The Maryland School Shooting; A Massive Tragedy Averted
On Tuesday morning, a police officer brought an end to what could have been a much bigger tragedy in Maryland. A 17-year-old shot two students at the Great Mills High School, and was then stopped by a school resource officer.
The details of the situation are still rather unclear, and no one is exactly sure of the student’s motive, but one of the victims had allegedly been in a relationship with the shooter. Thankfully, the only person thus far to have died was the shooter himself, but one of the students is in critical condition. The other student is in stable condition, and, though the shooter shot at officer Blaine Gaskill, he emerged from the engagement completely unharmed.
The shootout was extremely quick, with Gaskill responding in less than a minute, and both sides only exchanging one bullet each. It’s unclear if Gaskill’s bullet hit the shooter, or if the shooter killed himself, but the end result was the same nonetheless.
An armed school resource officer, Gaskill was in the same position as the officer who stood outside while Nikolas Cruz killed 17 students in Florida. Gaskill was praised by the sheriff for doing his job exactly as it was intended, and potentially saving the lives of many other students.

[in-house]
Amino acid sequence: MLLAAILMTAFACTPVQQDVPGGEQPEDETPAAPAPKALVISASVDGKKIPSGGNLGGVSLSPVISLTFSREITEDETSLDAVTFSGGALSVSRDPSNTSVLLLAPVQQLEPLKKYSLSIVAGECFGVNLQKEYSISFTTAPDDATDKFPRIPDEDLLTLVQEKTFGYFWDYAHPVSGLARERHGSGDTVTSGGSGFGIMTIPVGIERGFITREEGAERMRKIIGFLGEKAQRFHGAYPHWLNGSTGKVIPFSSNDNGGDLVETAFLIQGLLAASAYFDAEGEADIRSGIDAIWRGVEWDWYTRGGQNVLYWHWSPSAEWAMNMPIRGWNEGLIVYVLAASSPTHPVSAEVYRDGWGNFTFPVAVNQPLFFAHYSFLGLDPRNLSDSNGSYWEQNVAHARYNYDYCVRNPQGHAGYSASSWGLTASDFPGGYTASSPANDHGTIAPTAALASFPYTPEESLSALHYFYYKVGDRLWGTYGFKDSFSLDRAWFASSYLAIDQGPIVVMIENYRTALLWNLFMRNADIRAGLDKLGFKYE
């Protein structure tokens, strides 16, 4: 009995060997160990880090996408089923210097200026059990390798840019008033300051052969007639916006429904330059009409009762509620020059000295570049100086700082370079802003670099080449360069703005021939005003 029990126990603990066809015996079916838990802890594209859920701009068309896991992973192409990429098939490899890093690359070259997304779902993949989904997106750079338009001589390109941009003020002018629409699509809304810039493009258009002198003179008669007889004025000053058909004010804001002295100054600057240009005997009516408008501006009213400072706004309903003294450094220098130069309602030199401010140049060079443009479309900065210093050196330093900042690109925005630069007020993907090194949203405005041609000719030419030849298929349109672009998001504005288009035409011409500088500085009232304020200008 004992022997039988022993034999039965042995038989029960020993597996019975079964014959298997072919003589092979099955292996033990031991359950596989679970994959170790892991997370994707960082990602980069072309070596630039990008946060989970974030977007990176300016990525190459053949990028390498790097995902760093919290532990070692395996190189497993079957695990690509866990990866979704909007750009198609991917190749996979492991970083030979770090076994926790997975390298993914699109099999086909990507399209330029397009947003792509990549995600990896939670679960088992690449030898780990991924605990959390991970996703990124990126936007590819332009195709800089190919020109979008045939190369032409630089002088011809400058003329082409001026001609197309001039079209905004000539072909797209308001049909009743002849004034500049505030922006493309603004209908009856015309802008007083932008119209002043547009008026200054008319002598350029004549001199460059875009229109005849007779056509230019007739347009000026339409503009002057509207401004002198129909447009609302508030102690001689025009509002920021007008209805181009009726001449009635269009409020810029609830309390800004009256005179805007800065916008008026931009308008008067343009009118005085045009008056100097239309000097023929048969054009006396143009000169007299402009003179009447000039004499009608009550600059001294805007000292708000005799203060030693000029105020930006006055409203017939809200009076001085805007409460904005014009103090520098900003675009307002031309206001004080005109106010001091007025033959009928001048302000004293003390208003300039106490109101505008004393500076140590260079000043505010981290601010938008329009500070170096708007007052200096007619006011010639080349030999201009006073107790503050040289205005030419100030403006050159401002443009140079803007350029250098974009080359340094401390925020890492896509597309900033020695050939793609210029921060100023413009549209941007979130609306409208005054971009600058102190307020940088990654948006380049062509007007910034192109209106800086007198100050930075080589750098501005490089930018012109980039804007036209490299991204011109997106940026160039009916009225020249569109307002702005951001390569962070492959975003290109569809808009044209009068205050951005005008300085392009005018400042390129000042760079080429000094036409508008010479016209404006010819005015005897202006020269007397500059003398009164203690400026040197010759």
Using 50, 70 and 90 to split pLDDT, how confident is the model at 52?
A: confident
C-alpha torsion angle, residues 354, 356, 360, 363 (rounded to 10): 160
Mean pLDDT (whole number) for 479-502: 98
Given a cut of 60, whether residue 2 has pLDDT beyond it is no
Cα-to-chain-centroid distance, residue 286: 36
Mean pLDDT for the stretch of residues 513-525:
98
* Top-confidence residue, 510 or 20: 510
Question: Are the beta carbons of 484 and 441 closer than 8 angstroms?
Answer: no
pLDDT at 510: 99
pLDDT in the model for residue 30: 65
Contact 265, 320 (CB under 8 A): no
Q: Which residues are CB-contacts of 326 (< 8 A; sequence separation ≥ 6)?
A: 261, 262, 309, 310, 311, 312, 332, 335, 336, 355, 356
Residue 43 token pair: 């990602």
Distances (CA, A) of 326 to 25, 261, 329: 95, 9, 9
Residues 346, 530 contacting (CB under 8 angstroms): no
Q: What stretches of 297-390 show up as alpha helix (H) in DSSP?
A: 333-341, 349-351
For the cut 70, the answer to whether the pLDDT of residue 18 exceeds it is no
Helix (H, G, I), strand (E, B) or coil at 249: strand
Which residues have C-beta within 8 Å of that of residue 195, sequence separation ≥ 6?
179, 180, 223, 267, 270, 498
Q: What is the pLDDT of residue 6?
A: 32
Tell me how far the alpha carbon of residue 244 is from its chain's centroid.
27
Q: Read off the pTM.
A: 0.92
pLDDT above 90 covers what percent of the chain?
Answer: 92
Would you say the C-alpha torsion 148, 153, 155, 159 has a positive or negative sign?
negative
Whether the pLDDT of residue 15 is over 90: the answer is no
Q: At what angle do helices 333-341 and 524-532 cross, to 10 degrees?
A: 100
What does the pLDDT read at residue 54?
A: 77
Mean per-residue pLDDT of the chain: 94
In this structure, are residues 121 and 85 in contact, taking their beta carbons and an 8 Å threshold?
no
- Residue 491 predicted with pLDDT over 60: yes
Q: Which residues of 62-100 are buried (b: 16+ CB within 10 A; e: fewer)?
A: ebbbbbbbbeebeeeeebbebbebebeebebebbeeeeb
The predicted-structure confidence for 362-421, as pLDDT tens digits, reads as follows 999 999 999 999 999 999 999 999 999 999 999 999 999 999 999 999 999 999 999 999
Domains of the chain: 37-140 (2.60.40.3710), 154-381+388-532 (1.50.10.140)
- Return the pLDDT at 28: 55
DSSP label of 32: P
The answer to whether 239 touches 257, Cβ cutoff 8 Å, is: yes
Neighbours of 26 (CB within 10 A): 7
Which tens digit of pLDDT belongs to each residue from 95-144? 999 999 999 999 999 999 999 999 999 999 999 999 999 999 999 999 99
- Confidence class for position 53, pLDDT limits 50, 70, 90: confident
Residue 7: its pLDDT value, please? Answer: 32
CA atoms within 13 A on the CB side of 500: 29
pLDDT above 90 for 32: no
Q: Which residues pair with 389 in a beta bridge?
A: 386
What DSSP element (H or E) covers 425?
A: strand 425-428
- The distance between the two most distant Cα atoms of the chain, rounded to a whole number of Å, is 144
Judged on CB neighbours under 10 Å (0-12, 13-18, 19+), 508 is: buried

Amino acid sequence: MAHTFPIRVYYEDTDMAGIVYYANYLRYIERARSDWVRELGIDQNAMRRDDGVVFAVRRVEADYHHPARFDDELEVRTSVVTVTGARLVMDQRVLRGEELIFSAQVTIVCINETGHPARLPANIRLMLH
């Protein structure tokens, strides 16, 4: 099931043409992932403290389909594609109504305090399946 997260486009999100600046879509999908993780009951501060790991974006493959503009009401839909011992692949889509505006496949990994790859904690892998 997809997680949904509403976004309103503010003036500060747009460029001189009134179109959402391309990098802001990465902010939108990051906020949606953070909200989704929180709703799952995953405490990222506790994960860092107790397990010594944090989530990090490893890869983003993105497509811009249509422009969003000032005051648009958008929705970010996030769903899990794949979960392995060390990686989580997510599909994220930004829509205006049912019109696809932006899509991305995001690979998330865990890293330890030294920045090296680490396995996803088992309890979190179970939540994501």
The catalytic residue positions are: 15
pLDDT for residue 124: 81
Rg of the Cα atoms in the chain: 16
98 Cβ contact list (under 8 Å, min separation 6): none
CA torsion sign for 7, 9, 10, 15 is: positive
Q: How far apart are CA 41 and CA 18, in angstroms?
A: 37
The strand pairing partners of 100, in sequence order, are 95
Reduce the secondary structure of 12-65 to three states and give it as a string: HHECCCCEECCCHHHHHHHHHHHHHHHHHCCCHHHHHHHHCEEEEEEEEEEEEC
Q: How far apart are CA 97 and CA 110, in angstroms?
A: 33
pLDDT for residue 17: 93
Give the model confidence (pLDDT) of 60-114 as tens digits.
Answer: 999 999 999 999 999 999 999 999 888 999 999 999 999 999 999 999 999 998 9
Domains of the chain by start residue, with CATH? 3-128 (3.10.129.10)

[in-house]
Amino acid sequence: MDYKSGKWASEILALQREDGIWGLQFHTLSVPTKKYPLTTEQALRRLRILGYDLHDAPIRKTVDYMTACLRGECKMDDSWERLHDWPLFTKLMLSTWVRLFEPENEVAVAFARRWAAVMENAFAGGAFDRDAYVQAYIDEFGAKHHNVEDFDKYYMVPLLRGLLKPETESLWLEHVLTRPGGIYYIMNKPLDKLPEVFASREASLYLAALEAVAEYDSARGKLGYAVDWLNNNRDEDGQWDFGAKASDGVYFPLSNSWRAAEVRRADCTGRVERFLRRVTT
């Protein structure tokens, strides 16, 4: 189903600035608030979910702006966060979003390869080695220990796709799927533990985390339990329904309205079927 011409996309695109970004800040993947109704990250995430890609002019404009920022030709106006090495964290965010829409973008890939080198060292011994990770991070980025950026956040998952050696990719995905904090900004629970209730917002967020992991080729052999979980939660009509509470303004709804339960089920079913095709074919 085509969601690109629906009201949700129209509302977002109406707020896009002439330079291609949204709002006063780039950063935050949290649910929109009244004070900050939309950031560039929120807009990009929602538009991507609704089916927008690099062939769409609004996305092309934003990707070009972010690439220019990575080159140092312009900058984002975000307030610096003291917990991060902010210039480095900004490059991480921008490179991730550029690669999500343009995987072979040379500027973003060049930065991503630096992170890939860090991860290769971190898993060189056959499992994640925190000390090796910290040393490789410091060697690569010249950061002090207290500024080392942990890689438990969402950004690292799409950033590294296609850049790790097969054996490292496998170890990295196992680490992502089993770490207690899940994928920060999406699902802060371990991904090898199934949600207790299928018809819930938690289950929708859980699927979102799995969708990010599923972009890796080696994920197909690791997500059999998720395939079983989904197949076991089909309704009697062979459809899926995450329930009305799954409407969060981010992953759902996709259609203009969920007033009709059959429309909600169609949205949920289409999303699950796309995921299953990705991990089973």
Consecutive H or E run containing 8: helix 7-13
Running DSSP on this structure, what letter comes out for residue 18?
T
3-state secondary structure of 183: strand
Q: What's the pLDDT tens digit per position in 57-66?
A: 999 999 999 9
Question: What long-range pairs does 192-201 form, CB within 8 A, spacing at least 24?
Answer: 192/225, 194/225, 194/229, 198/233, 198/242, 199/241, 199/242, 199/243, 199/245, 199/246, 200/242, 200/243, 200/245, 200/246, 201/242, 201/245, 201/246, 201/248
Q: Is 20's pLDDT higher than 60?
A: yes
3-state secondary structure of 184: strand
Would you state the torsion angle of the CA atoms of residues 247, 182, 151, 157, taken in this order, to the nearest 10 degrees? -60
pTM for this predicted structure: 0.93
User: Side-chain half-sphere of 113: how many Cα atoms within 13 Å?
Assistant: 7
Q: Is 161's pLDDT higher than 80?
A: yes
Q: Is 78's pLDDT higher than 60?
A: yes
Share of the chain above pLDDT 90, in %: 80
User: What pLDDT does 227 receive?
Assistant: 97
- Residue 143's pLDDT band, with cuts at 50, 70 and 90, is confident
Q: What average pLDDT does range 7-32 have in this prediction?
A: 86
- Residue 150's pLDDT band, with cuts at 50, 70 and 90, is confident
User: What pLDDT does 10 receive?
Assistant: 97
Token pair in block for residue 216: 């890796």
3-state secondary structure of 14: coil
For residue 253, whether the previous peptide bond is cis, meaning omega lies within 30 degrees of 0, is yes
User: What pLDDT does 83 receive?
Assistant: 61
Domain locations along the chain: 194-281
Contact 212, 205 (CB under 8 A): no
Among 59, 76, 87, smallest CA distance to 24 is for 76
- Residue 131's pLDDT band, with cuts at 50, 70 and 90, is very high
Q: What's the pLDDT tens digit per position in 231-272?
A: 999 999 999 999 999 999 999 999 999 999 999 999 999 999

School shootings appear to be becoming increasingly common, and both sides seem to be concerned with the guns involved. Democrats believe these tragedies could be avoided if the weapons used by the shooters were simply illegal (like the shootings themselves), and Republicans want more armed and responsible gun owners to counteract the shootings, but there has been comparatively little talk about the causes as compared to the symptoms.
There is a definite correlation between a rise in mental health issues and school shootings. The problem is compounded by social isolation and ostracism, whose effects have been documented to increase the recipient’s support of ideologically extreme acts and violence. According to the American Psychological Association, ostracism and exclusion are processed in the same regions of the brain as physical pain and can lead to long-lasting resentment, suicidality, and violence. Teens are particularly vulnerable to this kind of silent emotional harm.
Still, until the root causes can be resolved, it is only logical to have someone available who is trained and trustworthy to mitigate the damage. There is no reason to believe the shooter would have stopped his rampage after killing those two students, and an off-location police response can take precious minutes during which many can be killed.
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